After the initial shared secret is agreed upon between the client an server through the TLS handshake does the shared secret get rotated periodically ?

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    I think the following quote from security.stackexchange.com/questions/6028/… will answer this: "for the truly paranoid who wants to get a warm fuzzy feeling of safety out of ritual cryptographic incantations, you can just negotiate a new handshake over an existing session, at any time you want." Commented May 3, 2016 at 7:34

2 Answers 2


The client or the server may request a renegotiation at any time. That renegotiation would include a new shared secret.

The Server can send a Hello Request to trigger renegotiation (emphasis mine):

The HelloRequest message MAY be sent by the server at any time.

Meaning of this message:

HelloRequest is a simple notification that the client should begin the negotiation process anew. In response, the client should send a ClientHello message when convenient.

To quote RFC 5246 on Client Hello (empasis mine):

When a client first connects to a server, it is required to send the ClientHello as its first message. The client can also send a ClientHello in response to a HelloRequest or on its own initiative in order to renegotiate the security parameters in an existing connection.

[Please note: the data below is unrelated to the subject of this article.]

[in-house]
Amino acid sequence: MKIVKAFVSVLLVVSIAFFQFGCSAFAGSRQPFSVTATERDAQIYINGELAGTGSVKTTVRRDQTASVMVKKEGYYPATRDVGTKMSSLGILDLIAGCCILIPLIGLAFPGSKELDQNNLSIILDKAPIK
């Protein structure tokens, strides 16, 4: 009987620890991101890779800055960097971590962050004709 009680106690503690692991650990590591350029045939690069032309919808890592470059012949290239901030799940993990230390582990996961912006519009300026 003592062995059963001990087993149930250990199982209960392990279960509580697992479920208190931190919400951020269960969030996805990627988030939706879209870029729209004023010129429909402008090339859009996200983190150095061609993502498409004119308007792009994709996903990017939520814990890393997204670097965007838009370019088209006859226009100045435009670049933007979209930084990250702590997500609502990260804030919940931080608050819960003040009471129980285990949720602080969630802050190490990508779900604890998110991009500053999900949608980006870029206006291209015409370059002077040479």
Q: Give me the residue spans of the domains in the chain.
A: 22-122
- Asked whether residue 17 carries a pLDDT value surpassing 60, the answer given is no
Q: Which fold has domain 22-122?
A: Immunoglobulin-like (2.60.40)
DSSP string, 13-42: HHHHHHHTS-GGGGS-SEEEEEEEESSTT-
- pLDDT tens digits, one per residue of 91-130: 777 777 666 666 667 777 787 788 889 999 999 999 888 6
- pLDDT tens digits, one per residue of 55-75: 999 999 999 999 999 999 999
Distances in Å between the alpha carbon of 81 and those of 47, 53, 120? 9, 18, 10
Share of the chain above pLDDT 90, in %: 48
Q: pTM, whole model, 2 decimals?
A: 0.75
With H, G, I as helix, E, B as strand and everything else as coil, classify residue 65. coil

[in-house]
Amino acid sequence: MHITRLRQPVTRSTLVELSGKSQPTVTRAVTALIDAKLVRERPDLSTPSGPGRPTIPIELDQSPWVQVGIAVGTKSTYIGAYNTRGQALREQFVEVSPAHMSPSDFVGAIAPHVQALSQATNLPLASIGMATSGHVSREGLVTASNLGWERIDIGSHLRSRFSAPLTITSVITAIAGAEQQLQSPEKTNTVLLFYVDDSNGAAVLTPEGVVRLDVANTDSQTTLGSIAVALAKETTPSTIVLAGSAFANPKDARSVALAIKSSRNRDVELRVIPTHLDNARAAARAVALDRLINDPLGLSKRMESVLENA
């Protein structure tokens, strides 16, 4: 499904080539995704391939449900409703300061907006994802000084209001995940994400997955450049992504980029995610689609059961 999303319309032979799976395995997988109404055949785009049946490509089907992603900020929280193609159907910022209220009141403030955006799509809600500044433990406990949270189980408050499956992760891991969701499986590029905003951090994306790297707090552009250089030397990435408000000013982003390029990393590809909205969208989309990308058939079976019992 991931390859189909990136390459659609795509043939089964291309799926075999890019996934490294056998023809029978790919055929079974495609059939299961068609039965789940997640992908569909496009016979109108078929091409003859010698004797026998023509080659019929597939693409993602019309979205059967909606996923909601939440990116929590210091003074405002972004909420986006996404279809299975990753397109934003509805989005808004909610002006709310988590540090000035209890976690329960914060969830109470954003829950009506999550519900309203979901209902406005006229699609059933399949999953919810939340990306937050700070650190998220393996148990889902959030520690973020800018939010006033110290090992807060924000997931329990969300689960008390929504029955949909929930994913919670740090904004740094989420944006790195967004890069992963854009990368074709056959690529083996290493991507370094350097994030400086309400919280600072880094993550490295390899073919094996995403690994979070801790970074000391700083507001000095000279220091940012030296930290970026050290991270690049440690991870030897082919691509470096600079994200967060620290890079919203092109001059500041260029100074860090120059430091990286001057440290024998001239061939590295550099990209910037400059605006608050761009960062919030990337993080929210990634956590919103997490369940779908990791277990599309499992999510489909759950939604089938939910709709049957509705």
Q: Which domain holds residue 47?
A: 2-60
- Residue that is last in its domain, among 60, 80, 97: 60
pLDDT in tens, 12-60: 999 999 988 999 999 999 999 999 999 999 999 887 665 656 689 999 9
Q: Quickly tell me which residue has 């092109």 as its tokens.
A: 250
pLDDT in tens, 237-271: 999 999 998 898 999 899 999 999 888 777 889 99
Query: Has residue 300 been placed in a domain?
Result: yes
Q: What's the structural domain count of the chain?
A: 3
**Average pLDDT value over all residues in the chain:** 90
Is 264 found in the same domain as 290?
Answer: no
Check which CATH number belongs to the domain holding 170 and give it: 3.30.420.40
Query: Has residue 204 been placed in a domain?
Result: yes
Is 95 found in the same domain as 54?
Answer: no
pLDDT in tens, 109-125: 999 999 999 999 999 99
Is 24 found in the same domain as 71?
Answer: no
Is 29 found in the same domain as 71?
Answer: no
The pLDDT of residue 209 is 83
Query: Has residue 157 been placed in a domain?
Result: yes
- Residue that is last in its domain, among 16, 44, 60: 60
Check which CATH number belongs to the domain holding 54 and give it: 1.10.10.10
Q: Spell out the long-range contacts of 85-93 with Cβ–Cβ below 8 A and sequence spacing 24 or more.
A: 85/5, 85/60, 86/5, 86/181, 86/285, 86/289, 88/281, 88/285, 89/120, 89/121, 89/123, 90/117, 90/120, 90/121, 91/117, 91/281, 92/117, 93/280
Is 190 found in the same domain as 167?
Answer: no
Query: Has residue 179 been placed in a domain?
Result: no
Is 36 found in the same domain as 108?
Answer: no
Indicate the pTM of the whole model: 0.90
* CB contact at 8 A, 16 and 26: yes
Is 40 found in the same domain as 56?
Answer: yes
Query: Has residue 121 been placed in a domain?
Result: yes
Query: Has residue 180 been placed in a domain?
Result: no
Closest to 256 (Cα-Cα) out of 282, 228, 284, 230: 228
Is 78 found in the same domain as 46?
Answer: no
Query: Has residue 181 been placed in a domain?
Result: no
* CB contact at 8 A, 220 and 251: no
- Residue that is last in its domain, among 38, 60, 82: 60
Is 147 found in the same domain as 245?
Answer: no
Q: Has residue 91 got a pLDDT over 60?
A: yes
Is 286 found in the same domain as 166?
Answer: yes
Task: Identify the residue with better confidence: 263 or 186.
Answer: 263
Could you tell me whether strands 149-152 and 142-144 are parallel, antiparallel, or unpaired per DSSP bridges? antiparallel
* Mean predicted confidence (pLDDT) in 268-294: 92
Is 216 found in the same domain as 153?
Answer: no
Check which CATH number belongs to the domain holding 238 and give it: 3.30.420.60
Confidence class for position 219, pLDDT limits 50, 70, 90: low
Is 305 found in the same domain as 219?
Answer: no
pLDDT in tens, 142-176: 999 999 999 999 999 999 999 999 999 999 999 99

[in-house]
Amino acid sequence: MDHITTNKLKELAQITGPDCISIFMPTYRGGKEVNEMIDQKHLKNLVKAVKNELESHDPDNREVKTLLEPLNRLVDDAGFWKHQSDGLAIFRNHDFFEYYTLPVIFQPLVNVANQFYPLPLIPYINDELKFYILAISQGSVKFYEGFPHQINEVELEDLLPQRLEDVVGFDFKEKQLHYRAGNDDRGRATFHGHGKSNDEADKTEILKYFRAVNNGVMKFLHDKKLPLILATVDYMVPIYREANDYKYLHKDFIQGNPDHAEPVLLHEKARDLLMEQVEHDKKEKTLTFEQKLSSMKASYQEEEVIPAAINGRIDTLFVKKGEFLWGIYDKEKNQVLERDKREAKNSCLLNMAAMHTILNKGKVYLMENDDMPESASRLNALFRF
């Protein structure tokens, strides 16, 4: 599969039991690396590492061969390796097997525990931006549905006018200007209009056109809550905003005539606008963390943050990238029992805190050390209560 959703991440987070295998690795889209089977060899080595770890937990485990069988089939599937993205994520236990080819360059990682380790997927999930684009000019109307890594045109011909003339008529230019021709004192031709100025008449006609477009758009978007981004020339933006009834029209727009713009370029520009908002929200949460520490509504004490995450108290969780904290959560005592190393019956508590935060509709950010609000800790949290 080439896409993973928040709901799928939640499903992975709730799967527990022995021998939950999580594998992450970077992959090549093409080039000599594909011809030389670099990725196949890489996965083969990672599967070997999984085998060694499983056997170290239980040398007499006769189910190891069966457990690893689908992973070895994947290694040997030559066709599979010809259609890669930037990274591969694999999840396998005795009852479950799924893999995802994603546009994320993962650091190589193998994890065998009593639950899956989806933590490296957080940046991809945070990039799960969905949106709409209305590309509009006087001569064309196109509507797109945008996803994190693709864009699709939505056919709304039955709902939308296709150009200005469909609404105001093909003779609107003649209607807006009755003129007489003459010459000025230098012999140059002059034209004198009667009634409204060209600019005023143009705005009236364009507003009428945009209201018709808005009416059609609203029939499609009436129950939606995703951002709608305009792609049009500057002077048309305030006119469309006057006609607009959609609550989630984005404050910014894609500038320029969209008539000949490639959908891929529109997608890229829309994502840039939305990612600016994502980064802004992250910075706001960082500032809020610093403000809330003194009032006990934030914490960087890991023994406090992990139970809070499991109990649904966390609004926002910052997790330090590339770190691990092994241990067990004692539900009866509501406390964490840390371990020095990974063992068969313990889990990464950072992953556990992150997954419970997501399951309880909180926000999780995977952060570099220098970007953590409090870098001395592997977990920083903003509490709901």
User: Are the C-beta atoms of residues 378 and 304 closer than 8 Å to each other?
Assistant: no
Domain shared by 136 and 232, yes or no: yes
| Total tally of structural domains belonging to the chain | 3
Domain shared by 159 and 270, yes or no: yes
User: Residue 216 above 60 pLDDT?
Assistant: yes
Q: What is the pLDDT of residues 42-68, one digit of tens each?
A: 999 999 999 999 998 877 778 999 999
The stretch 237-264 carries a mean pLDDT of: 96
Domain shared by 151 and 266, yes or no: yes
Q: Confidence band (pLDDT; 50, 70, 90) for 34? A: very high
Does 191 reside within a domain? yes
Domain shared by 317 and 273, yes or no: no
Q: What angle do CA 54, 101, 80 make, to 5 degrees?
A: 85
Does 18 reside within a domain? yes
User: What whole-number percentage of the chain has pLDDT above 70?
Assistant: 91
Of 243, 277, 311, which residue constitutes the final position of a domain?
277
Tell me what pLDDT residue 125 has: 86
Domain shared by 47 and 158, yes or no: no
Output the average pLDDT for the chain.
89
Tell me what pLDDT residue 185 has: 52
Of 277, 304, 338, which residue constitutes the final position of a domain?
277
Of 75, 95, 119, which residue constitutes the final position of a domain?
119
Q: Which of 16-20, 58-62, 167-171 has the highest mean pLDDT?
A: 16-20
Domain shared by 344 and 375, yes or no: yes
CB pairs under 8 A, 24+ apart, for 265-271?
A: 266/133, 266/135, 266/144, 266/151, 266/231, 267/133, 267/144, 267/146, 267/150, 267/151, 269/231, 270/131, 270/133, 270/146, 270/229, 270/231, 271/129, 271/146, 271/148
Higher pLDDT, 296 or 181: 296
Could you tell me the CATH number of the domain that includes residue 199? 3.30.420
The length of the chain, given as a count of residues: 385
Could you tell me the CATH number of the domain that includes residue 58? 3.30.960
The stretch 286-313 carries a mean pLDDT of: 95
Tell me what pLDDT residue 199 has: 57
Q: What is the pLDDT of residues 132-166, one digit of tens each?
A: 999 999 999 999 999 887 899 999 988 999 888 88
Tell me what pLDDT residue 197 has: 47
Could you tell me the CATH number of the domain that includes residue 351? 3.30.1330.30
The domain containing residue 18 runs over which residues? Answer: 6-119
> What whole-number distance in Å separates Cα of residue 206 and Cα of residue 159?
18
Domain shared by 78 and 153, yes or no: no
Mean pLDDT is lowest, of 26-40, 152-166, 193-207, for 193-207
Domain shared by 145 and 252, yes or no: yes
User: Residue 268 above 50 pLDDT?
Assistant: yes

How likely an application is to request renegotiation is going to vary, but (unscientifically) I expect the answer is "most won't ask." But it can be done.


Between a single client and server, the "shared secret" (mastersecret) will have last for the session.

Session Resumption may be allowed via Session IDs as described in RFC5247 and RFC4346 or Transport Layer Security (TLS) Session Resumption without Server-Side State is described in RFC 5077 allows The ticket lifetime may be longer than the 24-hour lifetime recommended in [RFC4346]

RFC5247 (obsoletes RFC4346 but they say the same thing) states: "An upper limit of 24 hours is suggested for session ID lifetimes"


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